Dominique Strauss-Kahn says you can’t criminalize lust.
I’m sure David said the same thing while he was looking on Bathsheba. “Lust” is unlawful desire — something that can be very dangerous when powerful men are mastered by it. Strauss-Kahn has been the head of the IMF and also held important and powerful positions in France.
Strauss-Kahn made his statement to defend recent lurid revelations about his sexual perversions. This is treated by the media as a grand joke. The idea of our ruling class living in a world that resembles Stanley Kubrick’s “Eyes Wide Shut” movie is dismissed out of hand. Either the details are being exaggerated or Strauss-Kahn was some kind of anomaly.
But the details reported in the New York Times this week are disturbing, not only from the standpoint of moral behavior, but also from the standpoint of political corruption. According to the report, “The exclusive orgies called “parties fines” — lavish Champagne affairs costing around $13,000 each — were organized as a roving international circuit from Paris to Washington by businessmen seeking to ingratiate themselves with Mr. Strauss-Kahn.” This is all shrugged off as the confession of a sex-addict who couldn’t resist the allure of multiple simultaneous women. The only reason it may get him in trouble, if this story is to be believed, is because there weren’t enough women willing to service him for free. There were prostitutes present, which he claims he was ignorant about.
If Strauss-Kahn seems impossibly naïve when he makes such claims, the New York Times story seems even more so. They claim that “the most perplexing question in the Strauss-Kahn affair is how a career politician with ambition to lead one of Europe’s most powerful nations was blinded to the possibility that his zest for sex parties could present a liability, or risk blackmail.”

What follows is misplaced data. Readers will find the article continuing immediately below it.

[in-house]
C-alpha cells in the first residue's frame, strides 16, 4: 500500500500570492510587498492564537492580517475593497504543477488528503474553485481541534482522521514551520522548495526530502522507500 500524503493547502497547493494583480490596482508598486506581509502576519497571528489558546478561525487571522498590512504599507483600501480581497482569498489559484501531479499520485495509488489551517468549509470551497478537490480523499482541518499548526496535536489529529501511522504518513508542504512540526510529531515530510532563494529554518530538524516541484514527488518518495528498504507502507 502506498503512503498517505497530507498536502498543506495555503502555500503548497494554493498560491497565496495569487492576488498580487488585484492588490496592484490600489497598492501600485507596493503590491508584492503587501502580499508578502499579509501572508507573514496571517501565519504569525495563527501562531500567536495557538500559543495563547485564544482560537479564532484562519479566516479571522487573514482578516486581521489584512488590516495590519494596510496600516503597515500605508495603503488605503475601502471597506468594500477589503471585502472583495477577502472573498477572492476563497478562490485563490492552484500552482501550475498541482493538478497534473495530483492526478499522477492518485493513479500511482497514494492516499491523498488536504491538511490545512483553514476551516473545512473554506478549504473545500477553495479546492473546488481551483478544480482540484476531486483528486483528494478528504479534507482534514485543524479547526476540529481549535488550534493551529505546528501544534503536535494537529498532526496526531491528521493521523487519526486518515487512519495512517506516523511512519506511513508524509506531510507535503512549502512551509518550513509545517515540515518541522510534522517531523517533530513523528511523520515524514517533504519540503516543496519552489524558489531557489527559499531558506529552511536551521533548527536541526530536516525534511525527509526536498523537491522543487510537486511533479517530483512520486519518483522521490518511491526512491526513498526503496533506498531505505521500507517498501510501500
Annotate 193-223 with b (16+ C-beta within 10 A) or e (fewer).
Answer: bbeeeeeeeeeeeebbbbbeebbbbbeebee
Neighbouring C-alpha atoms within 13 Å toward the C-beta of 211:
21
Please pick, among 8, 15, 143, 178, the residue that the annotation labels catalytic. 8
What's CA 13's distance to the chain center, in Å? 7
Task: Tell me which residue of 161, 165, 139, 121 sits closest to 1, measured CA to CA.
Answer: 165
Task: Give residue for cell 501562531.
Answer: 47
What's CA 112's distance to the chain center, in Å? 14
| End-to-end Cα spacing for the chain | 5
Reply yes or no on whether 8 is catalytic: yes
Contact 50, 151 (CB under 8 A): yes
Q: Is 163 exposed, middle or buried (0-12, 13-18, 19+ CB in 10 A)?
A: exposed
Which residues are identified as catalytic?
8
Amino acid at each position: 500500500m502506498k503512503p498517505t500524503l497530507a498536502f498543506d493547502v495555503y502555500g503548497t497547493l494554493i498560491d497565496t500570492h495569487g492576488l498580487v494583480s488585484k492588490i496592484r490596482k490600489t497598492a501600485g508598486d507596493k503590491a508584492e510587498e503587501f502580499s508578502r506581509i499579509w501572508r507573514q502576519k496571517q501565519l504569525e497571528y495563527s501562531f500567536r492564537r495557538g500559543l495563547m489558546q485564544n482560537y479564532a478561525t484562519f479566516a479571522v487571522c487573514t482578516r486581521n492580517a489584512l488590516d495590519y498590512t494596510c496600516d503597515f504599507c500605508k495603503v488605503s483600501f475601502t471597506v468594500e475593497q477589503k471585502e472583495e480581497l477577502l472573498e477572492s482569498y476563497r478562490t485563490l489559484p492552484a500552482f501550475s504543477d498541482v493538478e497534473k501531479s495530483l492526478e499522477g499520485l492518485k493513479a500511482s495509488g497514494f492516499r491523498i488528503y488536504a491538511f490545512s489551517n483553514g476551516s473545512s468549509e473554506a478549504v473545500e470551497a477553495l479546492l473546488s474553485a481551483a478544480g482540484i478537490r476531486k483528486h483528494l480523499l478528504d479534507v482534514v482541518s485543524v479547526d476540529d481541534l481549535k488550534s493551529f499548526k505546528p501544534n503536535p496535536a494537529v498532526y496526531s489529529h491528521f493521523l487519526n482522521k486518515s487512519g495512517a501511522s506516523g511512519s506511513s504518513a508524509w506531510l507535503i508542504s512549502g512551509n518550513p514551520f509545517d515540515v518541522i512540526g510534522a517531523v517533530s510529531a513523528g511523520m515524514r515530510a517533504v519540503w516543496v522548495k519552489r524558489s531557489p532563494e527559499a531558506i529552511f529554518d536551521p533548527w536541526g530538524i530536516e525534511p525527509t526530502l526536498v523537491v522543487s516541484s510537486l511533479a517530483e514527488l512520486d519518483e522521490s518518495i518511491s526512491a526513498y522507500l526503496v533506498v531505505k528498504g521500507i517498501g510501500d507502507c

No, the most perplexing question is, why is the New York Times is ignoring the corruption that they reveal in their own story? Strauss-Kahn was, until his recent rape accusation in New York City (the case has been dismissed), the managing director of the International Monetary Fund. He was in charge of the agency telling other nations how to impose austerity in order to gain financial benefits. Just who were these sponsors “from Paris to Washington” who were investing lavish amounts of money to give Strauss-Kahn orgies? They obviously wanted something from him. Who were they and what did Strauss-Kahn given them?
If this story is true at all, then all the participants were prostitutes. They were lobbying the IMF with sex.
The story goes on to describe the owner of a medical supply company in France who, a few years ago, “invested around $65,000 in party expenses, betting on the political rise of Mr. Strauss-Kahn.” This is open corruption, the buying of influence and who knows what else with the coin of vice.
Did representatives of Greece ever get to supply Strauss-Kahn’s lusts? Or did bondholders invest in a few pervert parties first?
The media tries to portray Strauss-Kahn’s sexual practices as some sort of anomaly, but how did Strauss-Kahn participate in regular orgies “from Paris to Washington” with other powerful people if he was the lone sexual “libertine”? The evidence fits better with a weird subculture of powerful people who get off on treating women like toys.
How much of the world is ruled by a few men’s lusts?